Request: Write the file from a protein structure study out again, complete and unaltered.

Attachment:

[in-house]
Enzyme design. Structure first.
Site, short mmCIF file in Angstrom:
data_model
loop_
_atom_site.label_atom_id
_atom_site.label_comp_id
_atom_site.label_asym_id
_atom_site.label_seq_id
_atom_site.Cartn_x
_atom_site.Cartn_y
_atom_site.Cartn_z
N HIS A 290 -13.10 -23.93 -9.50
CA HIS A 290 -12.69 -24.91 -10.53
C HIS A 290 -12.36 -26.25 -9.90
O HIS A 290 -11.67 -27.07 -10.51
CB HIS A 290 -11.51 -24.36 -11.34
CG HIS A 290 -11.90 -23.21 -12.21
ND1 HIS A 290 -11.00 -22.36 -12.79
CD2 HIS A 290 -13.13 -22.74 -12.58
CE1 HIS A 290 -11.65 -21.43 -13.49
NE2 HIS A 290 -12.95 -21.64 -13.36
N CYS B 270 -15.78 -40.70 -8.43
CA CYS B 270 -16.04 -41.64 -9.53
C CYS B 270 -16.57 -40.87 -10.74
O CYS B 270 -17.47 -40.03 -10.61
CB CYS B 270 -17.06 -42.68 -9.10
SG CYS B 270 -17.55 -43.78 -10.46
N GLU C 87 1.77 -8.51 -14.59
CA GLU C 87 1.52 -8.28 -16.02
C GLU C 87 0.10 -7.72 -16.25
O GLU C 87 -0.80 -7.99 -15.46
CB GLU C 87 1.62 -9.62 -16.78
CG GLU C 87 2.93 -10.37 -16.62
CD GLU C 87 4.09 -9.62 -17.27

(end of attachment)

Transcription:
[in-house]
Enzyme design. Structure first.
Site, short mmCIF file in Angstrom:
data_model
loop_
_atom_site.label_atom_id
_atom_site.label_comp_id
_atom_site.label_asym_id
_atom_site.label_seq_id
_atom_site.Cartn_x
_atom_site.Cartn_y
_atom_site.Cartn_z
N HIS A 290 -13.10 -23.93 -9.50
CA HIS A 290 -12.69 -24.91 -10.53
C HIS A 290 -12.36 -26.25 -9.90
O HIS A 290 -11.67 -27.07 -10.51
CB HIS A 290 -11.51 -24.36 -11.34
CG HIS A 290 -11.90 -23.21 -12.21
ND1 HIS A 290 -11.00 -22.36 -12.79
CD2 HIS A 290 -13.13 -22.74 -12.58
CE1 HIS A 290 -11.65 -21.43 -13.49
NE2 HIS A 290 -12.95 -21.64 -13.36
N CYS B 270 -15.78 -40.70 -8.43
CA CYS B 270 -16.04 -41.64 -9.53
C CYS B 270 -16.57 -40.87 -10.74
O CYS B 270 -17.47 -40.03 -10.61
CB CYS B 270 -17.06 -42.68 -9.10
SG CYS B 270 -17.55 -43.78 -10.46
N GLU C 87 1.77 -8.51 -14.59
CA GLU C 87 1.52 -8.28 -16.02
C GLU C 87 0.10 -7.72 -16.25
O GLU C 87 -0.80 -7.99 -15.46
CB GLU C 87 1.62 -9.62 -16.78
CG GLU C 87 2.93 -10.37 -16.62
CD GLU C 87 4.09 -9.62 -17.27